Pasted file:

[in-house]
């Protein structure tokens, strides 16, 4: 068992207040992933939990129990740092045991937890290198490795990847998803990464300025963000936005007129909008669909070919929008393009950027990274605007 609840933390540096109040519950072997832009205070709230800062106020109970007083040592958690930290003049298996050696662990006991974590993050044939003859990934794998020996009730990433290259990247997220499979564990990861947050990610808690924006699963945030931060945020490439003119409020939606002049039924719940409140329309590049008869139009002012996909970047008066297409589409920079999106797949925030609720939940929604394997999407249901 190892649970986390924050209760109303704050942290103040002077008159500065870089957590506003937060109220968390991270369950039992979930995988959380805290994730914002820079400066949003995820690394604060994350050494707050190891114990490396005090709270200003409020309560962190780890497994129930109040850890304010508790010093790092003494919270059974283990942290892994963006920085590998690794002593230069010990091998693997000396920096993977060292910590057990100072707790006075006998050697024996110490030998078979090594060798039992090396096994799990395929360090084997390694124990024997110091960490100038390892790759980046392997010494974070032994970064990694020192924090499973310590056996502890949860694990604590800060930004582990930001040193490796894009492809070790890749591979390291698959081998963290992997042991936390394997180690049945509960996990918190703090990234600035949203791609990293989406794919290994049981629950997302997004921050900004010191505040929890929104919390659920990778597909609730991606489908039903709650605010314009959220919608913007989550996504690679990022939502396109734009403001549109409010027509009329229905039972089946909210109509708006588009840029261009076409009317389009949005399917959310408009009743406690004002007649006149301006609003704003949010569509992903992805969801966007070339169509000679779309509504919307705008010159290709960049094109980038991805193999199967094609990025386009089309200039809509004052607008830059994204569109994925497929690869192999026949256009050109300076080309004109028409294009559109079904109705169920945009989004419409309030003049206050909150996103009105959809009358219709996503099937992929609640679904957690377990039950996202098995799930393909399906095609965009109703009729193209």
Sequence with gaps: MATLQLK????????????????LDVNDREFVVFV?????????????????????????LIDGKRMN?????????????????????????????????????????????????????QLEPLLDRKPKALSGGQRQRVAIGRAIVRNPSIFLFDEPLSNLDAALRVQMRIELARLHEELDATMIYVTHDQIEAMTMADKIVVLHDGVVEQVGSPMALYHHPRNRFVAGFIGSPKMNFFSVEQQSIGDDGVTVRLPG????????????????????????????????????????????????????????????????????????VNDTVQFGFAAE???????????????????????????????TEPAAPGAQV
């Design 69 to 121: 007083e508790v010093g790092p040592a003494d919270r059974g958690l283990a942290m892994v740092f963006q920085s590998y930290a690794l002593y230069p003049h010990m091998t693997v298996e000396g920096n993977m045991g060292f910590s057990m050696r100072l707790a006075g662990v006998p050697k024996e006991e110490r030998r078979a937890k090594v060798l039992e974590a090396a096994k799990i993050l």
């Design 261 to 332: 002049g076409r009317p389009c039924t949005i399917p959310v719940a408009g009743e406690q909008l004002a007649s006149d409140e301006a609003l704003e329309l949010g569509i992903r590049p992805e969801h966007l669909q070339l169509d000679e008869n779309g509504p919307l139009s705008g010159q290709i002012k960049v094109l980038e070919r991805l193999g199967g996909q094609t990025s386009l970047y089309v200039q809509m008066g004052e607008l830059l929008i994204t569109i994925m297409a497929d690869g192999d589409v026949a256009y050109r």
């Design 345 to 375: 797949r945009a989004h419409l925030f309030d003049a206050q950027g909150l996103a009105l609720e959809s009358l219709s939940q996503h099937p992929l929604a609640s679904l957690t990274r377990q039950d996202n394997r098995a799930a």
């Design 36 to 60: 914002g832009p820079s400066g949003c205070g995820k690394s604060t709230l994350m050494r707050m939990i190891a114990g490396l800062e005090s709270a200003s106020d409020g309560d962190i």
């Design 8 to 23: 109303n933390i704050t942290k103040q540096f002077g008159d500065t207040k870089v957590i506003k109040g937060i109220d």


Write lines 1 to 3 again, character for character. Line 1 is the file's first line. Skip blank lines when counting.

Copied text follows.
[in-house]
């Protein structure tokens, strides 16, 4: 068992207040992933939990129990740092045991937890290198490795990847998803990464300025963000936005007129909008669909070919929008393009950027990274605007 609840933390540096109040519950072997832009205070709230800062106020109970007083040592958690930290003049298996050696662990006991974590993050044939003859990934794998020996009730990433290259990247997220499979564990990861947050990610808690924006699963945030931060945020490439003119409020939606002049039924719940409140329309590049008869139009002012996909970047008066297409589409920079999106797949925030609720939940929604394997999407249901 190892649970986390924050209760109303704050942290103040002077008159500065870089957590506003937060109220968390991270369950039992979930995988959380805290994730914002820079400066949003995820690394604060994350050494707050190891114990490396005090709270200003409020309560962190780890497994129930109040850890304010508790010093790092003494919270059974283990942290892994963006920085590998690794002593230069010990091998693997000396920096993977060292910590057990100072707790006075006998050697024996110490030998078979090594060798039992090396096994799990395929360090084997390694124990024997110091960490100038390892790759980046392997010494974070032994970064990694020192924090499973310590056996502890949860694990604590800060930004582990930001040193490796894009492809070790890749591979390291698959081998963290992997042991936390394997180690049945509960996990918190703090990234600035949203791609990293989406794919290994049981629950997302997004921050900004010191505040929890929104919390659920990778597909609730991606489908039903709650605010314009959220919608913007989550996504690679990022939502396109734009403001549109409010027509009329229905039972089946909210109509708006588009840029261009076409009317389009949005399917959310408009009743406690004002007649006149301006609003704003949010569509992903992805969801966007070339169509000679779309509504919307705008010159290709960049094109980038991805193999199967094609990025386009089309200039809509004052607008830059994204569109994925497929690869192999026949256009050109300076080309004109028409294009559109079904109705169920945009989004419409309030003049206050909150996103009105959809009358219709996503099937992929609640679904957690377990039950996202098995799930393909399906095609965009109703009729193209």
Sequence with gaps: MATLQLK????????????????LDVNDREFVVFV?????????????????????????LIDGKRMN?????????????????????????????????????????????????????QLEPLLDRKPKALSGGQRQRVAIGRAIVRNPSIFLFDEPLSNLDAALRVQMRIELARLHEELDATMIYVTHDQIEAMTMADKIVVLHDGVVEQVGSPMALYHHPRNRFVAGFIGSPKMNFFSVEQQSIGDDGVTVRLPG????????????????????????????????????????????????????????????????????????VNDTVQFGFAAE???????????????????????????????TEPAAPGAQV